Because of its rheological properties, the exopolysaccharide (EPS) xanthan is of great industrial importance, and strains of Xanthomonas campestris pv. campestris are used industrially for xanthan production (1). Although the chemistry of xanthan has been extensively studied (e.g., 14, 15, 21, 27) and clustered genes involved in the synthesis of xanthan have been identified (2, 5, 12, 28), the gene functions and control mechanisms are poorly understood. A detailed genetic analysis of xanthan biosynthesis requires the isolation of mutants that have an altered EPS phenotype. In general, one has to be aware of the fact that particular mutations may have pleiotropic effects on the bacterial envelope components, because EPSs and lipopolysaccharides are partially composed of the same sugar subunits; therefore, the same precursors are utilized in the synthesis of both compounds (8, 30). Pleiotropic mutants have already been isolated from Xanthomonas, Rhizobium, and Pseudomonas strains (e.g., 13, 19, 29, 30). In this paper, we describe the cloning and characterization of a new gene region involved in xanthan gum synthesis. The cloned DNA was physically mapped and arranged into groups according to complementation ability. Following TnS mutagenesis with pSUP102-Gm as the transposon carrier (24, 25), different colony morphology mutants of X. campestris pv. campestris B100, a Smr derivative of the wild-type strain DSM1526, were isolated on TY medium (5 g of tryptone-3 g of yeast extract-0.7 g of CaCl2 per 1 liter of H20) supplemented with 22% sucrose. The mutants were also tested for autoagglutination in TY liquid medium and for motility on TY soft agar, since data from other gram-negative bacteria have shown that defects in lipopolysaccharide production are correlated with a number of other mutant phenotypes, such as rough colony surface, autoagglutination, and loss of motility (e.g., 7, 18, 26). Three EPS-deficient mutants were investigated: B100152 had a smooth colony surface, whereas mutants B100-13 and B100-22 were characterized by rough colony types, autoagglutination in TY liquid medium, and lack of motility on TY soft agar plates. A cosmid library of wild-type X. campestris pv. campestris was constructed with the mobilizable cosmid vector *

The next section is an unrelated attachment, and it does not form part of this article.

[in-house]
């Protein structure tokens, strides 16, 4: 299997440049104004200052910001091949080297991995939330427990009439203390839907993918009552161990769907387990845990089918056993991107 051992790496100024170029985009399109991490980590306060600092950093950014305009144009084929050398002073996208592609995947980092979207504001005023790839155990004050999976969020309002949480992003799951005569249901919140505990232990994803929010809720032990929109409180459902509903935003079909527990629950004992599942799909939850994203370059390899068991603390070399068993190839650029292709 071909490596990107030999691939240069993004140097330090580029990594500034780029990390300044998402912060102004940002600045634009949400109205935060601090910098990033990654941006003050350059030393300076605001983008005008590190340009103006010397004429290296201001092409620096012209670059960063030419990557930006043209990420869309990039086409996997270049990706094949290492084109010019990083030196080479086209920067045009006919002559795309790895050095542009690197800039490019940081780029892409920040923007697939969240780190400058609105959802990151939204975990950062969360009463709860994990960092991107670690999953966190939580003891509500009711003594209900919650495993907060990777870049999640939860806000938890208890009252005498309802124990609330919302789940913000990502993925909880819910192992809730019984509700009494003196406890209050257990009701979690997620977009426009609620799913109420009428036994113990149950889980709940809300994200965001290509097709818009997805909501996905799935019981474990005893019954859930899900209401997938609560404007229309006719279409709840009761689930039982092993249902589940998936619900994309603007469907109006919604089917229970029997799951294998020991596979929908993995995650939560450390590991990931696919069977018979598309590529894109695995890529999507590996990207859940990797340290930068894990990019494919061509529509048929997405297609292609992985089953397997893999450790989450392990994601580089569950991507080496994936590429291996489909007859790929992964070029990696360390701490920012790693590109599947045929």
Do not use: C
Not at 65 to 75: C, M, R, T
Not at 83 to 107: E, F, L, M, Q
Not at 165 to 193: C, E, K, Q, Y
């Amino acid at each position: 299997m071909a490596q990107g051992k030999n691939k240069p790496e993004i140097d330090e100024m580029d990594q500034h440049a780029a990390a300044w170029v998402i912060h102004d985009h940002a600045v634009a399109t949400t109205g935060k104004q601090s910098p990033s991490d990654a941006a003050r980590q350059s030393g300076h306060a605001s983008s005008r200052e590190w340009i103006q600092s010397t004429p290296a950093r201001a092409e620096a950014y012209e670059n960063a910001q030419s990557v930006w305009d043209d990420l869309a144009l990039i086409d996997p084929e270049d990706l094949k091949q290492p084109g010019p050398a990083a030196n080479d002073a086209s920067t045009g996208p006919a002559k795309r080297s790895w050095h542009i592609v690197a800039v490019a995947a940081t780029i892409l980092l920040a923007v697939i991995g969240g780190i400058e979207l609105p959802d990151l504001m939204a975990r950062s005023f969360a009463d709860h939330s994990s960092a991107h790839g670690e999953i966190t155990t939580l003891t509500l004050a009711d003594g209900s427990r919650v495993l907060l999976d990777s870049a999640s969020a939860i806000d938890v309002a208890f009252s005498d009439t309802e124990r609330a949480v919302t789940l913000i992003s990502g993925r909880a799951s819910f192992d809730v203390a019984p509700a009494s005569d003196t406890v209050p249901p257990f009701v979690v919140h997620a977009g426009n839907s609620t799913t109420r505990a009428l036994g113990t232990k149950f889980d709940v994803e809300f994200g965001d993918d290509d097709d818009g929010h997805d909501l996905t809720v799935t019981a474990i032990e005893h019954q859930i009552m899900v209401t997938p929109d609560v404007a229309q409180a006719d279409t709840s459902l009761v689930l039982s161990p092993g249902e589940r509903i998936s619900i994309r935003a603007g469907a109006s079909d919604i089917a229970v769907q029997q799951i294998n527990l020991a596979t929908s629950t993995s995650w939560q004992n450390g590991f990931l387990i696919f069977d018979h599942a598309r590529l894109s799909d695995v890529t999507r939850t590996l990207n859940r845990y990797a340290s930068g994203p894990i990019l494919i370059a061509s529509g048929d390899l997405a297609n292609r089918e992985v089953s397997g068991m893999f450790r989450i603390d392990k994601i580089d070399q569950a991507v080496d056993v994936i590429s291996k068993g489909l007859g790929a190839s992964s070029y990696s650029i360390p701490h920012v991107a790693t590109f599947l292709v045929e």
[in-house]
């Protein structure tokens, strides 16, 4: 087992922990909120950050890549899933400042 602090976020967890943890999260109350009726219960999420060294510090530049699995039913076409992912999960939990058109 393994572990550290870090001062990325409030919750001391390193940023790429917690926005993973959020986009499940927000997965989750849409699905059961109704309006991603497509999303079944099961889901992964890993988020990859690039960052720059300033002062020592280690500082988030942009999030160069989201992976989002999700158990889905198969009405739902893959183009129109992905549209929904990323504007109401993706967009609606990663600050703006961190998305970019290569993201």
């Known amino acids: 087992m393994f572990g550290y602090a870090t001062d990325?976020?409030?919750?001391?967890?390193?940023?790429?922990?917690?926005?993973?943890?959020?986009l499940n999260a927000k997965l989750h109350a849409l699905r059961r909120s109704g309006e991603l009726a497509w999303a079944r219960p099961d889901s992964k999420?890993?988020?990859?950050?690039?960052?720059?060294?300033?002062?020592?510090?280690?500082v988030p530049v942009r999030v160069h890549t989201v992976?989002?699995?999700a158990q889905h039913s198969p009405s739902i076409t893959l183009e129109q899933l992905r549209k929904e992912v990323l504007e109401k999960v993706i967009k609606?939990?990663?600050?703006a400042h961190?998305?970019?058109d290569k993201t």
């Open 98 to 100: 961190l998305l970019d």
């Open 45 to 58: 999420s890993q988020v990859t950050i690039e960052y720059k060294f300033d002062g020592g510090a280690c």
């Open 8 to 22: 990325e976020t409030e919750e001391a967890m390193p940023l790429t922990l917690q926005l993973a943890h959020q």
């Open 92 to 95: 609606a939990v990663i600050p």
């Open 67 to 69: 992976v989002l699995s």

Corresponding author. 2804


VOL. 172, 1990 EPS






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Cloning and analysis of a 35.3-kilobase DNA region involved in exopolysaccharide production by Xanthomonas campestris pv. campestris.

Cosmid clones able to restore exopolysaccharide production in possibly insertion sequence element-induced surface mutants of Xanthomonas campestris pv...